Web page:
But it's short-sighted for an entirely different reason: it's still station-centric. Public radio does need to strengthen its stations, but in my opinion, what public media needs more is

1. a stronger network
2. a national membership program
3. a revenue-sharing business model.

The point is not only to better serve the public, but to strengthen the stations where they need it most — in web and other digital services — and to build on the combination of a strong central entity and a diverse, distributed local presence.

Perhaps you were alluding to something like this in your post when you said "The new technology is being mastered by people in their 20s and 30s and its application is extremely technical and has profound impacts on business models." I could not agree more strongly with this statement. Something has to be done to keep the digital generation engaged in public media, both as consumers and producers.

As a music producer, syndicator and online service provider, I have spent the last 9 years working to master the application of web technologies to our own subscription business model. For better or worse, I have made the transition from being a radio producer to being a web application developer and online music service provider.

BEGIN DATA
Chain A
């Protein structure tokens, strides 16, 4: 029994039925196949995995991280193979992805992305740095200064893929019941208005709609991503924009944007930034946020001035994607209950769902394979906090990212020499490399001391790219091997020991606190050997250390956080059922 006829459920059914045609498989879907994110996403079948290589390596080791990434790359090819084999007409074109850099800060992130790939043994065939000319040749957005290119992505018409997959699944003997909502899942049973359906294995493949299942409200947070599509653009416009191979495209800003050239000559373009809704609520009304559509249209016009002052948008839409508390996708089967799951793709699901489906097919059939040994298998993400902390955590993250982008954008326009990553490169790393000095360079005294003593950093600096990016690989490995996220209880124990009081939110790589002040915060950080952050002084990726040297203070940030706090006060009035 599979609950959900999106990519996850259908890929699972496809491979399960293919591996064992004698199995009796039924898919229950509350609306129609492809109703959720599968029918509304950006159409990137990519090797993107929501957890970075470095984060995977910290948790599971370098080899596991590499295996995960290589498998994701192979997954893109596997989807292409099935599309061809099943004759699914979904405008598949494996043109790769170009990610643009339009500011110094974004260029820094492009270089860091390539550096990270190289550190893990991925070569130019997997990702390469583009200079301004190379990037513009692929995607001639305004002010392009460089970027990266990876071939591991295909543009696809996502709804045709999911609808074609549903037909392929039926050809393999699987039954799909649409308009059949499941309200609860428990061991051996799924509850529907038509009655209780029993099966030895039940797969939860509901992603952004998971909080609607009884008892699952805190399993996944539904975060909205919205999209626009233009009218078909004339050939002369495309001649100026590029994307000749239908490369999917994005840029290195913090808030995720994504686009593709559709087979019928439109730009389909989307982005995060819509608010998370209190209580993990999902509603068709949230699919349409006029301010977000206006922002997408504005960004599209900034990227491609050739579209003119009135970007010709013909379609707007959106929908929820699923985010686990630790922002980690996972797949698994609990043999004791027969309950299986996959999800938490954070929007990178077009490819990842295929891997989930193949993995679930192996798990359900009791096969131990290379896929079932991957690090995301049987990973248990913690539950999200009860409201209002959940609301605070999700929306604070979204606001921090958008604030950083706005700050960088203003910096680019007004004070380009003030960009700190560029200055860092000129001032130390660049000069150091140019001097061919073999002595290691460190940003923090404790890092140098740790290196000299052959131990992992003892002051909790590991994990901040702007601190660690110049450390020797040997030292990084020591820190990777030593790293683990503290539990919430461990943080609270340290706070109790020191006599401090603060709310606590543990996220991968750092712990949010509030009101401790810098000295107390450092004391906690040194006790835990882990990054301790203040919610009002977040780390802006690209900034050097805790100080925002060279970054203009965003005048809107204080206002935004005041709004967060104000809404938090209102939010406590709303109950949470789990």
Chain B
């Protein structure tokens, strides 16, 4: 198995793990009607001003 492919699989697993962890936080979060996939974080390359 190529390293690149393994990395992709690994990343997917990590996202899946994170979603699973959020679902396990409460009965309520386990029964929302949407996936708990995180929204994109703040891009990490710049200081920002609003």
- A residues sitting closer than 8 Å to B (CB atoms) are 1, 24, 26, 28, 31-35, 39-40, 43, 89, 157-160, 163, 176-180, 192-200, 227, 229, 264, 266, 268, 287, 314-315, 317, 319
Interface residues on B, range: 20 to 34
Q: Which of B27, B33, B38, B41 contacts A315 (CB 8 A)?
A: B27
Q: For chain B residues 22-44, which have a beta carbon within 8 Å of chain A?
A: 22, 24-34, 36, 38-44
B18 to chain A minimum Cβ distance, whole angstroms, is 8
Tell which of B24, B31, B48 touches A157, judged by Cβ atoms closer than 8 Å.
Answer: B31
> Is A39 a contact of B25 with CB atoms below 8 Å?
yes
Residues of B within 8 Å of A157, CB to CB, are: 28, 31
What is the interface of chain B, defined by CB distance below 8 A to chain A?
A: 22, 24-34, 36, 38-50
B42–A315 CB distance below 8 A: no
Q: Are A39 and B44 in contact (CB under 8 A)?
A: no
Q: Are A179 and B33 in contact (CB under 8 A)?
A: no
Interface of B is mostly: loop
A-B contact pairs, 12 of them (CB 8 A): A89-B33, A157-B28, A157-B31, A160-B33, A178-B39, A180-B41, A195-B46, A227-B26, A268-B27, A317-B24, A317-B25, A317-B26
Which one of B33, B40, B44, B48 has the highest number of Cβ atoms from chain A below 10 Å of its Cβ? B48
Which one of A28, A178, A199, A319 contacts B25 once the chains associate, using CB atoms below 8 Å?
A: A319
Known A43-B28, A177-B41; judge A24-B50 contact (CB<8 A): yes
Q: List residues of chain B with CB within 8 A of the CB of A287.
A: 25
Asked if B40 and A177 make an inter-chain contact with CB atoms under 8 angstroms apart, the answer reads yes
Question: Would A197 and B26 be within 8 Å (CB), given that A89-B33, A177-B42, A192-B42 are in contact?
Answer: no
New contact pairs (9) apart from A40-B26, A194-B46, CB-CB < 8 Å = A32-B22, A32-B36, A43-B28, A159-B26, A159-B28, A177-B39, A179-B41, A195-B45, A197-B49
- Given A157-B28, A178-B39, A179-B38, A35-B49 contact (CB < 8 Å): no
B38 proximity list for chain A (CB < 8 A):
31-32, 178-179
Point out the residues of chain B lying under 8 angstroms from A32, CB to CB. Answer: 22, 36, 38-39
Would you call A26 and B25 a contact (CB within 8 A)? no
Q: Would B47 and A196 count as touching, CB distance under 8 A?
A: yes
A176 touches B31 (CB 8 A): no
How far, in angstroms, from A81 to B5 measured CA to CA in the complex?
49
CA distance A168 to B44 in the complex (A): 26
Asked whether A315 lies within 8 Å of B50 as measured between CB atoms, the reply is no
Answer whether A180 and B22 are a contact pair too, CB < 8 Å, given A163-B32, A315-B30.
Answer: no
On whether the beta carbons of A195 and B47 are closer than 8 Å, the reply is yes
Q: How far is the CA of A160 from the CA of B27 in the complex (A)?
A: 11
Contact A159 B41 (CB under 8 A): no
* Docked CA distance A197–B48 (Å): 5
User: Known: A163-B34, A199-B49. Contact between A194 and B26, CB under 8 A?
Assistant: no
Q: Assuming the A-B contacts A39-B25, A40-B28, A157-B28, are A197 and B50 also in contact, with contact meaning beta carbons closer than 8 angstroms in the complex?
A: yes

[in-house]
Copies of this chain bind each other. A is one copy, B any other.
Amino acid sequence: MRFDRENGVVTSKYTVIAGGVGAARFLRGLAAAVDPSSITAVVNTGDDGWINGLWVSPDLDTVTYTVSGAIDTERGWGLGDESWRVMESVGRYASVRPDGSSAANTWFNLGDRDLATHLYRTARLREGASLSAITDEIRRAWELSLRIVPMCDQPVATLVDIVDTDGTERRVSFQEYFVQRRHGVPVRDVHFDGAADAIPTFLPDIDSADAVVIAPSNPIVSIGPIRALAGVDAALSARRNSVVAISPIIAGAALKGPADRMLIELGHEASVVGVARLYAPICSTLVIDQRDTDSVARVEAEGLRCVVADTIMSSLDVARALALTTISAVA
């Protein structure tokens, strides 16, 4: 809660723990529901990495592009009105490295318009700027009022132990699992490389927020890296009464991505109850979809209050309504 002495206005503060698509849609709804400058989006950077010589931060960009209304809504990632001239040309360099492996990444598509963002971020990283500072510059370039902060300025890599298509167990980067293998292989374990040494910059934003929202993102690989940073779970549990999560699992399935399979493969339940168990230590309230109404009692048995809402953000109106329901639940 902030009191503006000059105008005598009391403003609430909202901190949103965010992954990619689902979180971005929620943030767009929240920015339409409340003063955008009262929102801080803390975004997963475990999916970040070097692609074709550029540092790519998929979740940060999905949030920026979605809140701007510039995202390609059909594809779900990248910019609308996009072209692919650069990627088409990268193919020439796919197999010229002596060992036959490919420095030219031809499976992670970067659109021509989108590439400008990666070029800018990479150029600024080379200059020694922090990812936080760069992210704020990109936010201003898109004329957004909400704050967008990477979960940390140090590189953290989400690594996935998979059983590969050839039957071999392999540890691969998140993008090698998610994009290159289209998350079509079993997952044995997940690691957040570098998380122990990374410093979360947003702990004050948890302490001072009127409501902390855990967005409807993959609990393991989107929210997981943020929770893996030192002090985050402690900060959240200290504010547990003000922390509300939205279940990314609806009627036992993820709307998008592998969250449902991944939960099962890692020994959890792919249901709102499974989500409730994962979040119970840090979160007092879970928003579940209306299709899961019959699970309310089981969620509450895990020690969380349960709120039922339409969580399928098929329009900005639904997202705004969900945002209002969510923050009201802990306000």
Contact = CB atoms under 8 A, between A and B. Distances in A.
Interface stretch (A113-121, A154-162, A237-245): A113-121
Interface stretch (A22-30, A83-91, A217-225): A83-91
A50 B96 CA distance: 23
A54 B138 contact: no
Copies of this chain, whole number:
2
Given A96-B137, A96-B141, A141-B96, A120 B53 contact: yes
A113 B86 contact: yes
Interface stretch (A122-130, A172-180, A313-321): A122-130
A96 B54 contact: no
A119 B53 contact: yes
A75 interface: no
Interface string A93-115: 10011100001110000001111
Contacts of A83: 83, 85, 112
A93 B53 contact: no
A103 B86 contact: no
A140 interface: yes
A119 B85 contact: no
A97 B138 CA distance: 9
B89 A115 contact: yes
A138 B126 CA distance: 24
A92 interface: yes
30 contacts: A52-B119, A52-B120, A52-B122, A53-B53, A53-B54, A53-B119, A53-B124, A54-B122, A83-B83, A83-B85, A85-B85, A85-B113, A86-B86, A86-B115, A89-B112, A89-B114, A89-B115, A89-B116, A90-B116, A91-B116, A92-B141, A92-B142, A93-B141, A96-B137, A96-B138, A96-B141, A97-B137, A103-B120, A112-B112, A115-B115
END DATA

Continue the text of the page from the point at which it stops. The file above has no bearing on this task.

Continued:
Based on this experience I have tried since 2004 to point out that innovation MUST occur in the underlying business models that bind together networks, stations, content creators, and the public.

Because very few in public media are really competent to discuss the underlying technologies (and therefore to grasp the new opportunities they enable) it seems that most of the time is spent dealing with the level above these, like aggregated web services and the social media feature set, while ignoring the much harder and more fundamentally disruptive discussion of the underlying business relationships. I've written up the case for this on my blog here (comment 9) and here.

I also wrote a brief synopsis of these ideas for the the followup to the Station Resource Group "Growing the Audience" report, which I have posted here.

Now if you'll excuse me, I have to go tinker with our Cascading Style Sheets...